Cafe Society

Chef and Tell with Drew Middleton from Gaia Bistro

Drew Middleton Gaia Bistro 1551 South Pearl Street 303-777-5699

"Cooking wasn't my passion; music was," says Drew Middleton, who moved from San Antonio to Denver in 2001 at the coaxing of a music producer who was interested in signing Middleton's former band, Medicine, after hearing a demo CD. "We were playing at the Bluebird, at Herman's and the Gothic, and we were doing all right, but I wasn't fulfilled," admits Middleton, who had briefly attended Baylor University before dropping out -- "It just wasn't for me" -- and heading to Denver. So he did what any wayward twenty-year-old would do under those circumstances: He went to culinary school. "I'd been working in kitchens on and off since I was seventeen, so it was something that was familiar to me, and I thought the experience would be helpful one day -- plus I needed to get a job to pay the bills," he remembers.

In between tackling the culinary curriculum at the Art Institute of Colorado and appearing on music stages to make ends meet, Middleton learned something about himself: "Even though it was a reach, cooking came naturally to me, and I was really good at it. The more I cooked, the more passionate I became."

When Middleton graduated, he landed a line-cook gig at Randolph's at the Warwick Hotel, where he worked for a year and a half until his executive chef, Dave Olivier, introduced him to Patrick Mangold-White, who was opening a small breakfast and lunch restaurant on South Pearl Street called Gaia Bistro. "I didn't have a lot of experience," recalls Middleton, "but Patrick hired me off of Dave's recommendation." Still, the transition from line cook to executive chef was a big leap. "When I first started, it was so chaotic, and I didn't really know anything about running a kitchen -- I was just doing what I thought I should be doing -- and it took me a while to find my groove," he admits.

I recently met with Middleton in the dining room of Gaia Bistro, after a predictably busy lunch service. "I'm having fun. I've got a great garden out back, I've got creative control over the menu, and I've really grown as a chef," he says, before gently reminding me that he has to be at work at 5 a.m. In other words, can we get this interview started?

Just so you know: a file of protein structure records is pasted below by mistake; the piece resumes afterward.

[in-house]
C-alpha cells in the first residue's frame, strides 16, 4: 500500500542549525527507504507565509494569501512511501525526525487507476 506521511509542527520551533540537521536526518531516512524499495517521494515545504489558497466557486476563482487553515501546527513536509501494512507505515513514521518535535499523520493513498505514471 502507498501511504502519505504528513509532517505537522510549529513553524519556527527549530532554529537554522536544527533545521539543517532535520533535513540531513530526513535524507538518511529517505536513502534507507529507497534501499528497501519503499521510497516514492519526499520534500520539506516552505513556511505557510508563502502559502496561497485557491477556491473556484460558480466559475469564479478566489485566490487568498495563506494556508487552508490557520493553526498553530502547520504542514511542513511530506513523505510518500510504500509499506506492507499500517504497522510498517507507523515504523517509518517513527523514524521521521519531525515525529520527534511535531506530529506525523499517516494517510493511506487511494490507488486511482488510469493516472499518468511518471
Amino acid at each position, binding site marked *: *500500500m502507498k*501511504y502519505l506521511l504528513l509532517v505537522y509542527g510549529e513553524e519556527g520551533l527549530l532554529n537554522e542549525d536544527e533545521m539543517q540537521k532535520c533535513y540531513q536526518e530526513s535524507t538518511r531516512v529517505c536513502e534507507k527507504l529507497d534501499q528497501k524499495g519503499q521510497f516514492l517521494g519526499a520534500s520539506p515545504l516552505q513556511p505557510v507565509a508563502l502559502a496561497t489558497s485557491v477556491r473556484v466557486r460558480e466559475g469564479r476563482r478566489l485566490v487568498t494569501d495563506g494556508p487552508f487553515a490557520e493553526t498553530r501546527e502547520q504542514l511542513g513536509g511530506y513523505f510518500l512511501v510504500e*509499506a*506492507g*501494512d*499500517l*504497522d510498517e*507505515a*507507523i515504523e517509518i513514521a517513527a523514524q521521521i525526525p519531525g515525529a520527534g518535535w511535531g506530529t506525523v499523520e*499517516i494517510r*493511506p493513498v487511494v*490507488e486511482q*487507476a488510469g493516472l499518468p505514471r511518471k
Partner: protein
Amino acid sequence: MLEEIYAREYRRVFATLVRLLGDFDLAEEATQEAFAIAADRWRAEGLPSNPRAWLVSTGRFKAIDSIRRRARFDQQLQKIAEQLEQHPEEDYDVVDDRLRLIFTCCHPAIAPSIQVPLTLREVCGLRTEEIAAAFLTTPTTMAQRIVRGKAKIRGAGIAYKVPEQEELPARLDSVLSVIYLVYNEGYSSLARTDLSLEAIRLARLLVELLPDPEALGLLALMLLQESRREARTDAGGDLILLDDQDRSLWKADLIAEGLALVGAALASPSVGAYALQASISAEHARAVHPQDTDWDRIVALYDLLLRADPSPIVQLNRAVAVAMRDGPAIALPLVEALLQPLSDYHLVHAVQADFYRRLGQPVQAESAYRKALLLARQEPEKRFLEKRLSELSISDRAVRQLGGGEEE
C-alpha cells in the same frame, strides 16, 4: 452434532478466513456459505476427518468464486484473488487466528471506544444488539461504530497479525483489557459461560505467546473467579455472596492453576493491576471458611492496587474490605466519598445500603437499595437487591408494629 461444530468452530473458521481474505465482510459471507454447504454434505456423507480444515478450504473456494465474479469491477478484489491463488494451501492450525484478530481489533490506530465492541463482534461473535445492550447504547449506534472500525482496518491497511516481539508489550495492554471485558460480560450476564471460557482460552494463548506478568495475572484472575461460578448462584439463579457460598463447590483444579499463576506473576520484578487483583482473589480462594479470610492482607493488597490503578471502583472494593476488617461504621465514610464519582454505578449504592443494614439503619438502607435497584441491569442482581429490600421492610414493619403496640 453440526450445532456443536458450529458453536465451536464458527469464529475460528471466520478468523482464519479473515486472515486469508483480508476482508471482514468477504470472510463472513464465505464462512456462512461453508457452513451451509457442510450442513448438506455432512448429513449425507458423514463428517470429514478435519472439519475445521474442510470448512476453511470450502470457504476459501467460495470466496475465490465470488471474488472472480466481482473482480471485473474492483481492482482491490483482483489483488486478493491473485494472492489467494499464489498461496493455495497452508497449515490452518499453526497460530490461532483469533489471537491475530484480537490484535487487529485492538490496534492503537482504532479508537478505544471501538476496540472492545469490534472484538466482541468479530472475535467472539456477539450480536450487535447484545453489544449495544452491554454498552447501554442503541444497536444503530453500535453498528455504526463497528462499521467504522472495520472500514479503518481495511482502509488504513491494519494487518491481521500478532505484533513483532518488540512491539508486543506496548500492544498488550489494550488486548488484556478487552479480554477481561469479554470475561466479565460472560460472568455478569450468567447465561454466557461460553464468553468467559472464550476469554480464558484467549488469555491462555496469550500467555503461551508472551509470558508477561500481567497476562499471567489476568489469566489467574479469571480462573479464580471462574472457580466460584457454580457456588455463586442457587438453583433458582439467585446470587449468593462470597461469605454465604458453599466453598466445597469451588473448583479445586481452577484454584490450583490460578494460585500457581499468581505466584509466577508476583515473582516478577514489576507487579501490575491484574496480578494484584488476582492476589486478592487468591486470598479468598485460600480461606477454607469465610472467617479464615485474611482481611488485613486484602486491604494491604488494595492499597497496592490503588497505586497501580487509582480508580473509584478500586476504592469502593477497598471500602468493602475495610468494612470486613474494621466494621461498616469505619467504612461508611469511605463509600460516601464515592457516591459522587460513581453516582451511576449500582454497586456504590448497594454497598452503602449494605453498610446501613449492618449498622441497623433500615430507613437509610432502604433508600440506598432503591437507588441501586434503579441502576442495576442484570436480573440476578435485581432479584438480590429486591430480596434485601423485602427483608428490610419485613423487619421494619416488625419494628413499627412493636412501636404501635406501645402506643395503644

Six words to describe your food: Balanced, simple, innovative, comforting, colorful and inspired.

Ten words to describe you: Introspective, dedicated, inquisitive, determined, loyal, laid-back, careful, perfectionist and soft-spoken.

Favorite ingredient: Wild mushrooms, especially in the summer. Patrick, one of the owners of Gaia, and I hunt for mushrooms in Bailey and Evergreen, and we've found everything from porcinis and chanterelles to morels. The intensely earthy flavors add so much to my cooking, and it's pretty cool when you can forage for your own food. Patrick is an outdoorsy kind of guy, and he's taught me a ton about mushroom hunting.

Best recent food find: Primo chutneys and preserves. It's a local company owned by Vic Papazian, and everything he makes is awesome...maybe because they infuse chiles in all of their products. I love the blueberry jalapeño preserves, raspberry habanero preserves and pineapple lemongrass chutney. They go great on a pizza with arugula and goat cheese, as a sandwich spread or just with cheese and crackers. You can find them in Whole Foods and specialty markets like the Truffle.

Most overrated ingredient: Caviar. They kill the fish just for the eggs: It's such a waste. If you're going to kill a fish, use the whole fish.

Most undervalued ingredient: Carrots. Not only are they great on their own, but they're the foundation of soups, stocks, stews, sauces and braised meats. They help create many of the complements of the protein or main focus of the meal, and those complements are sometimes the most important part of the plate. For our wine dinners, we sometimes do a carrot curry with a little bit of white wine that's amazing with fish.